January 07, 2007

A Hot and Cold Running Genius:
Glenn McGee on MacArthur Fellow Eva Harris

From this month's issue of The Scientist:
Eva Harris won the MacArthur "genius grant" in 1997 for plenty of reasons. As a Pew Scholar in 2001, her bench work on the molecular virology and pathogenesis of dengue virus - specifically, the determinants for viral transmission - was tied purposefully to developing the epidemiological capacity of scientists in developing countries. Harris has helped many aspiring scientists in the developing world. They learn from her to create and sustain programs of bench science "on the cheap." And sometimes, it bears fruit in vaccines and even the promise of translating what might look like rudimentary science into the promise of a cure for the predominant arthropod-borne disease in the world.

Harris' genius, though, is in bioethics, although I find no record that she has ever used the term in her work. That's perhaps not surprising, given how much time bioethics seems to spend on "bad" scientists. I'm ready to tar Harris with the label "ethicist" because of her compulsive goodness. She can't seem to avoid fixating on "the cash value" of her work, and by that I do not mean the literal value she might have extracted from her most noteworthy accomplishment to date - the development of A Low Cost Approach to PCR: Appropriate Transfer of Biomedical Techniques - which brought DNA amplification to labs that could never have used it otherwise. No, for William James, who coined the term as part of the truly American philosophy of pragmatism, cash value was the cornerstone of ethical science: Science is good, he and John Dewey opined, when it works. Activism on behalf of vulnerable scientists and endangered people is just the sort of translation that scientists in training can point to as ethical genius.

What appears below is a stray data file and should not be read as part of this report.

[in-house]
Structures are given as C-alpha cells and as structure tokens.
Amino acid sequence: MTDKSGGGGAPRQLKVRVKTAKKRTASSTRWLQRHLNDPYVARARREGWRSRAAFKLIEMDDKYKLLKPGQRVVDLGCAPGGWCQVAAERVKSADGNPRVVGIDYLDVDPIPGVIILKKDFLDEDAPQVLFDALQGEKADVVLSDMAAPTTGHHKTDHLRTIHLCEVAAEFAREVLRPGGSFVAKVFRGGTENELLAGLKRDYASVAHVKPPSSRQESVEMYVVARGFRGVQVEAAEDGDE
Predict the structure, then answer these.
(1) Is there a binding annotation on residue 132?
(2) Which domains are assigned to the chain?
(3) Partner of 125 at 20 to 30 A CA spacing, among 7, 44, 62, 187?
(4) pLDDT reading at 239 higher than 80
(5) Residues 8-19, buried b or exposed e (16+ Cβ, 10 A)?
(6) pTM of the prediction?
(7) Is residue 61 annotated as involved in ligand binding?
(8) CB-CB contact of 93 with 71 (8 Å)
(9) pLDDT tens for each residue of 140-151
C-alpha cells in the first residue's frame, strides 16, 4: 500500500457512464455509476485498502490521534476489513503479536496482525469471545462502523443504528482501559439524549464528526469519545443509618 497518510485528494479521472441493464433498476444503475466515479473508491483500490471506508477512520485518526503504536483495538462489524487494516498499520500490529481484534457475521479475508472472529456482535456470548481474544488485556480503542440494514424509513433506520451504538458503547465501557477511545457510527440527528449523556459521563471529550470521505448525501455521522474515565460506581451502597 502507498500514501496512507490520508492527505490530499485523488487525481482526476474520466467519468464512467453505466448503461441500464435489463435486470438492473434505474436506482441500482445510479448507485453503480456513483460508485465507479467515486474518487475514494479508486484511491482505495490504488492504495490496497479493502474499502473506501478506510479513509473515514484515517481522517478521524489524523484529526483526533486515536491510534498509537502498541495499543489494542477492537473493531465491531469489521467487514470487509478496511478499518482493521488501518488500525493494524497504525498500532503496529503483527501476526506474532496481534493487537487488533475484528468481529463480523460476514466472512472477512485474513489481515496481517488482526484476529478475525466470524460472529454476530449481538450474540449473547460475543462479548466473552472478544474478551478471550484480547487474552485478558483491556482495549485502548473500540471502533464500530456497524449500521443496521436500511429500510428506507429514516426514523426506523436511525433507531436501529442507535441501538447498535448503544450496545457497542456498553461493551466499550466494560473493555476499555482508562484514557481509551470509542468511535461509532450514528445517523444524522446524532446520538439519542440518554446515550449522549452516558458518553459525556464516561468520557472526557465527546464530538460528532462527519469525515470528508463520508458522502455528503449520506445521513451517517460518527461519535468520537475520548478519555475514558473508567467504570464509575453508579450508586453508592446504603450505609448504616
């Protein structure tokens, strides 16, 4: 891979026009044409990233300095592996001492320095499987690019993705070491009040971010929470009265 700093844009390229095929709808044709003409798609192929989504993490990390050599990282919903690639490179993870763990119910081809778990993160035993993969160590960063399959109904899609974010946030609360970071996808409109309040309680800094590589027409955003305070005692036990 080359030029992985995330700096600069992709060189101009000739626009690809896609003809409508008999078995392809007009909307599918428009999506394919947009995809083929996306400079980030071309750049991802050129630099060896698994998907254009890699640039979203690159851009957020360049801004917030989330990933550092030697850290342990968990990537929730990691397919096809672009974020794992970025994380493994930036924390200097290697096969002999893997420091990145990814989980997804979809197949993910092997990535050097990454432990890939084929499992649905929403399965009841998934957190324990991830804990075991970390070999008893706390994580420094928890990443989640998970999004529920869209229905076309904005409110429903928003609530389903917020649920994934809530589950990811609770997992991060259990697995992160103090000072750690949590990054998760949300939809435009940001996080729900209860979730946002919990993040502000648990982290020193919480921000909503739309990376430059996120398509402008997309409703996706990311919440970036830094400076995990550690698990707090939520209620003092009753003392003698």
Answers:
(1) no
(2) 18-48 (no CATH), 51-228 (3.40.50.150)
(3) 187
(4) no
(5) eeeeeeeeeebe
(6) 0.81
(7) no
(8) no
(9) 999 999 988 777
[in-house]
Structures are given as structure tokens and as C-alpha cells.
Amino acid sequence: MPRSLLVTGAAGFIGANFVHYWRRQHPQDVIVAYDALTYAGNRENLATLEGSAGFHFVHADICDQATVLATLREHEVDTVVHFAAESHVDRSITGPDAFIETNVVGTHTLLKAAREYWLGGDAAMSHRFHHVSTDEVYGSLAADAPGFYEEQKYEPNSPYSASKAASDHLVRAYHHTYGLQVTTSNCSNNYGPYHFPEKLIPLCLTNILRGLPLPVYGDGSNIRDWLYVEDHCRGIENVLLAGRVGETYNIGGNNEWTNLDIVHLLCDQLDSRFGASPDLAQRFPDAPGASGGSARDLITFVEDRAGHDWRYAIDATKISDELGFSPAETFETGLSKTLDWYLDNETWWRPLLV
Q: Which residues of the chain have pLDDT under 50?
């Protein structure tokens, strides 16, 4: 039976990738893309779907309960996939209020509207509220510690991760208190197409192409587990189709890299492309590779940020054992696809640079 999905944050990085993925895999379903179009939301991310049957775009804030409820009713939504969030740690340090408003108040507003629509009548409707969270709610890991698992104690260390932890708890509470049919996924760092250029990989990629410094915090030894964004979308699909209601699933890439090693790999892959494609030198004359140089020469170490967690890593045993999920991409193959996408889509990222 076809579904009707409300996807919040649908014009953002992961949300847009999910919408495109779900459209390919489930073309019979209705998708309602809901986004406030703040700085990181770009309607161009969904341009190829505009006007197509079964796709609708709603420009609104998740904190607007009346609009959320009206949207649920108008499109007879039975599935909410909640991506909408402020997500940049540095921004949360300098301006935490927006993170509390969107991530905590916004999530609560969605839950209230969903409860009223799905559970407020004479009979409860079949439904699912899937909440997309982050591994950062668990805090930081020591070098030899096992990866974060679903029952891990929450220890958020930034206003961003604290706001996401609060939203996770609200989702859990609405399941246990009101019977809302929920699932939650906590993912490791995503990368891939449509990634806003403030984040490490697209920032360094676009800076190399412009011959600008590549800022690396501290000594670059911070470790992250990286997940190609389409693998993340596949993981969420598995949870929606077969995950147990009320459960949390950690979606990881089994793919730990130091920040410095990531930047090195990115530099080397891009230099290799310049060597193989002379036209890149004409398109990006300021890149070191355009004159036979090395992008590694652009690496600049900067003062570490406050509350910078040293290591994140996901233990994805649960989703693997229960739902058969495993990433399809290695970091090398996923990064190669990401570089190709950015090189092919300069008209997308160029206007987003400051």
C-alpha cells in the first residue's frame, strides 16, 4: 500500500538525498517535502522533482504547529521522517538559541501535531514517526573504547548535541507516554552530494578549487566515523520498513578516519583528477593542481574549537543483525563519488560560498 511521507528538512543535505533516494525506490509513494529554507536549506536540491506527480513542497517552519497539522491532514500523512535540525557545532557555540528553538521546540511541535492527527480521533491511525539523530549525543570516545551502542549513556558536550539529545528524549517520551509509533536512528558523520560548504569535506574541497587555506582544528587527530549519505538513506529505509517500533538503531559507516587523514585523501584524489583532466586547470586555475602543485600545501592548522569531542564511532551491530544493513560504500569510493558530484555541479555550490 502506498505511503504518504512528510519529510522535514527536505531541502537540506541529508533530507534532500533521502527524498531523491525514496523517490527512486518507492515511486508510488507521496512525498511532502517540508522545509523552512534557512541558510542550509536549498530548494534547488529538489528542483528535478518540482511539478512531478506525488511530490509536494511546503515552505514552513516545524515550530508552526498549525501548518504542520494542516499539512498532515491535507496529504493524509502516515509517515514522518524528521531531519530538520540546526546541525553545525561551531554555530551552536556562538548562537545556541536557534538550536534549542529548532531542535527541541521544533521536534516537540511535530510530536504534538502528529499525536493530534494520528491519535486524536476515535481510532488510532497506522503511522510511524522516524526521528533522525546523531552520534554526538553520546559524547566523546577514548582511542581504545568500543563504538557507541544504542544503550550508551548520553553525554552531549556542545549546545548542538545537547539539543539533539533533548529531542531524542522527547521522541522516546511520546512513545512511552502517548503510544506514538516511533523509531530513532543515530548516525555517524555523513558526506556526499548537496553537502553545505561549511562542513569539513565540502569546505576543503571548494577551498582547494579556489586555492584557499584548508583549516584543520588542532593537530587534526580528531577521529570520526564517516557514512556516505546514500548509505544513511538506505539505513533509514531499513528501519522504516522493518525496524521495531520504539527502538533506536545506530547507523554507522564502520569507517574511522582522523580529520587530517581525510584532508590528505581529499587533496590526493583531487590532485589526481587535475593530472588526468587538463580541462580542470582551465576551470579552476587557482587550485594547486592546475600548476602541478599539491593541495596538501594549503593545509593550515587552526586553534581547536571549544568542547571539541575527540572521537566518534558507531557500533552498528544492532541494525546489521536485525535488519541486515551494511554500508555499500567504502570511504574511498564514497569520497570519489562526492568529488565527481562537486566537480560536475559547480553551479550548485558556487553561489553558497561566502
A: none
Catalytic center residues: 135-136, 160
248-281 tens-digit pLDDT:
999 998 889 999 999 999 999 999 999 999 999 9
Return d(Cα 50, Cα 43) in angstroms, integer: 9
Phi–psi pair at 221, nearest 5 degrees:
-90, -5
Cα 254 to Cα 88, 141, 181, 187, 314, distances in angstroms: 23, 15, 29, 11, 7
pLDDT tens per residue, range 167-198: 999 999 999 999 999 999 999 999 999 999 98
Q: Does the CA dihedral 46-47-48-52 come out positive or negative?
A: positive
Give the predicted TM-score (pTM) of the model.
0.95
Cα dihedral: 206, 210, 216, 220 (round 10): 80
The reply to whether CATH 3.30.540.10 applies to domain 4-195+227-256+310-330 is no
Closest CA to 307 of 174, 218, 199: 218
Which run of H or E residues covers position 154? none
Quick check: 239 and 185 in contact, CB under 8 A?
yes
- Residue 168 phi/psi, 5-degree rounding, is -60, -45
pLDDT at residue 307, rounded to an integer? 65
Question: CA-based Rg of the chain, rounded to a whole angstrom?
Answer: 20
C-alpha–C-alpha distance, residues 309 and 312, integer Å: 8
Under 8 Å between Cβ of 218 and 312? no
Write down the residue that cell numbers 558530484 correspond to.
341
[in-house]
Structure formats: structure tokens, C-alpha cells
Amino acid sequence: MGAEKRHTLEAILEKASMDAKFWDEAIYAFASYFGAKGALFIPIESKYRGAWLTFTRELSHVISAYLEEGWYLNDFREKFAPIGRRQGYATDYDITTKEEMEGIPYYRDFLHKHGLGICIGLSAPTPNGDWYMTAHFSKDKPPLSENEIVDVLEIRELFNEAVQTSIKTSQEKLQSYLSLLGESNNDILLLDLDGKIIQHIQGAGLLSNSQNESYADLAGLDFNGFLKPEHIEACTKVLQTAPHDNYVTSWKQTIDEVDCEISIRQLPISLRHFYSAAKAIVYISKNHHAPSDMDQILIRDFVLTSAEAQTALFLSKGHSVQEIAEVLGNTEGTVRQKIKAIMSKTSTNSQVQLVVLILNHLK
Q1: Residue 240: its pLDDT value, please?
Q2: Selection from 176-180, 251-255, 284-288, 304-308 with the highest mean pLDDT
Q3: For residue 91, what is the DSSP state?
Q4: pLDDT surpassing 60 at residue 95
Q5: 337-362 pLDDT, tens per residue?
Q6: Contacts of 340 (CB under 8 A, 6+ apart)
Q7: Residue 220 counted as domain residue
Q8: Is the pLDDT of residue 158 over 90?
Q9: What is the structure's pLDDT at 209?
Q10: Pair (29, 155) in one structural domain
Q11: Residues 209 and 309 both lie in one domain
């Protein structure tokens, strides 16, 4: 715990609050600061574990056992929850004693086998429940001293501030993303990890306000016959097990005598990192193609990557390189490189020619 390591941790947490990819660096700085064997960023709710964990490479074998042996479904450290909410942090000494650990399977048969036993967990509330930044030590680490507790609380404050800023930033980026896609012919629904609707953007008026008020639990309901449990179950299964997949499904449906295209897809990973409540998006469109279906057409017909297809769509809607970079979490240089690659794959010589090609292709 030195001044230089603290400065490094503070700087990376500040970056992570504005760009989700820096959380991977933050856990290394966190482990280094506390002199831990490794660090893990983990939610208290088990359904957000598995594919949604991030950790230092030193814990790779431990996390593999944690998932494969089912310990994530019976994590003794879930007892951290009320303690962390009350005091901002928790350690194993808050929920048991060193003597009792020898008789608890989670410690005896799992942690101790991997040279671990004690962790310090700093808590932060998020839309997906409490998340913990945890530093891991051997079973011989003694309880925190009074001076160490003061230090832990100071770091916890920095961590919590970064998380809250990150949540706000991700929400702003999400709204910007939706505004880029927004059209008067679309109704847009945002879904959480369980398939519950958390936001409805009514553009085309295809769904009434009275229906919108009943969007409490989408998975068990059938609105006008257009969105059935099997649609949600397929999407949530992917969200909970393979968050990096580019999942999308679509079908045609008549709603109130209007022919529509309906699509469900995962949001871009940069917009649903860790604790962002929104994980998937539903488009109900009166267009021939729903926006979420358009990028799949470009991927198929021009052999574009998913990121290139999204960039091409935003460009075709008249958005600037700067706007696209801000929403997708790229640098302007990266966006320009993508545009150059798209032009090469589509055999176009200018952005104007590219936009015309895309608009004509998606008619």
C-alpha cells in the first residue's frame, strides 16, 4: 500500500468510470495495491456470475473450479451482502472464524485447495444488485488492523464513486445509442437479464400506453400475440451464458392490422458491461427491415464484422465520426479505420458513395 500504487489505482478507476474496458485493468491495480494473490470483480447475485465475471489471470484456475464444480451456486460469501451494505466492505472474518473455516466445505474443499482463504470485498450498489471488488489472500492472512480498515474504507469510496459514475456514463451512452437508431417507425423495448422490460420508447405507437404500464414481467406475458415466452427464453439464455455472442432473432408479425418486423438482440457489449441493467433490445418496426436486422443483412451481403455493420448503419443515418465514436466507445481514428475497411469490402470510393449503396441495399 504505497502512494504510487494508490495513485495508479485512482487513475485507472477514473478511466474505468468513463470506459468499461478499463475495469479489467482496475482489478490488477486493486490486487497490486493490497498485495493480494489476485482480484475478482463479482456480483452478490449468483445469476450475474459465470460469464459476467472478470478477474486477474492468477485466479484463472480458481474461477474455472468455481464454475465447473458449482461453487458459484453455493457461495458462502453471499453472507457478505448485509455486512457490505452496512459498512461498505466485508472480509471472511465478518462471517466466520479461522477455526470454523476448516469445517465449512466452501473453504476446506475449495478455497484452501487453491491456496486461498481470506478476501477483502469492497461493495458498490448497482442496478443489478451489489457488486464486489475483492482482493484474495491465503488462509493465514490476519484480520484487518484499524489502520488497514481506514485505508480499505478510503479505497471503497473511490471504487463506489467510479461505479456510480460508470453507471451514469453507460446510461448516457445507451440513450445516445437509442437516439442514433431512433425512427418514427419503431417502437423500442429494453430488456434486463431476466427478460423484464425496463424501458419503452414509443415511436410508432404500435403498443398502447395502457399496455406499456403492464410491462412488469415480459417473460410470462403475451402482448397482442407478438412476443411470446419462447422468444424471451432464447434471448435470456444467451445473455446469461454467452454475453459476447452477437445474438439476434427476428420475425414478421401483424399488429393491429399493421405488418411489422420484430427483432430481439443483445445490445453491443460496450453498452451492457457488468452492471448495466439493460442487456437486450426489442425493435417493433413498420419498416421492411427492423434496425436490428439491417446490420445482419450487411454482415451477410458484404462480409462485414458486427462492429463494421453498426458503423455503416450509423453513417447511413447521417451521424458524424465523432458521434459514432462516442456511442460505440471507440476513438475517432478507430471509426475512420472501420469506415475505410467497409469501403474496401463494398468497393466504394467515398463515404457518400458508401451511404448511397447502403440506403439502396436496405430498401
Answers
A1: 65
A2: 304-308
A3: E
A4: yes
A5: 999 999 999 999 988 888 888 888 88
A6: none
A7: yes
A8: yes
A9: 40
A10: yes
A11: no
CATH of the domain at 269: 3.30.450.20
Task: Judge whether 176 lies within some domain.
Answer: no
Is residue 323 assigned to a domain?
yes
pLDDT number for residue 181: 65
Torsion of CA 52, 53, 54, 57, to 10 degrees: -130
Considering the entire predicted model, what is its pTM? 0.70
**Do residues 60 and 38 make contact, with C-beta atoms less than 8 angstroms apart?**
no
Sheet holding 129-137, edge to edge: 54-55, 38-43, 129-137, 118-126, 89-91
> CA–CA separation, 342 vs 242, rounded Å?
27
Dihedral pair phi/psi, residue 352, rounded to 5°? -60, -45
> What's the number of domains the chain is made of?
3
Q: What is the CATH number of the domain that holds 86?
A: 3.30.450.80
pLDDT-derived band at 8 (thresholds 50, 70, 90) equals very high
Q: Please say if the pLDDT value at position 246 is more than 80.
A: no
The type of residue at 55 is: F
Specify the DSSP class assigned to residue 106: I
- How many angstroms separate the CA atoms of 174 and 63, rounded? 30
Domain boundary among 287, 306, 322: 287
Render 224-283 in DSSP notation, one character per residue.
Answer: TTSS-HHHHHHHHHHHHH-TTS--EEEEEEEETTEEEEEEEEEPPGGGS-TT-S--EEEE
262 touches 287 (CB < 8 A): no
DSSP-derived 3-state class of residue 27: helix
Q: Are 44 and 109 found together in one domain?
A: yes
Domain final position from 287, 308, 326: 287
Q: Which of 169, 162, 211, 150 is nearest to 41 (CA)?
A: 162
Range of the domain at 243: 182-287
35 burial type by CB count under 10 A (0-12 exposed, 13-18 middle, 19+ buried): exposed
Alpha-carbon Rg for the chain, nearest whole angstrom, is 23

Today Harris runs the Sustainable Sciences Institute in San Francisco, a nonprofit she began with the money awarded through her McArthur prize. The Institute teaches scientists what she calls "knowledge-based" technology transfer. So for DNA amplification, instead of $100 for silica particles, she teaches scientists in the developing world to begin with "a 20-pound bag of ceramic dust for $5 at the hobby store," and thermocycling based on ice, Bunsen burners, and somebody holding a thermometer. A device that costs $10,000 in even its most rudimentary form in the developed world is suddenly within reach of scientists whose entire programs would otherwise be impossible...

[Read the Rest of the Article]

Labels: , , , , ,

View blog reactions

| More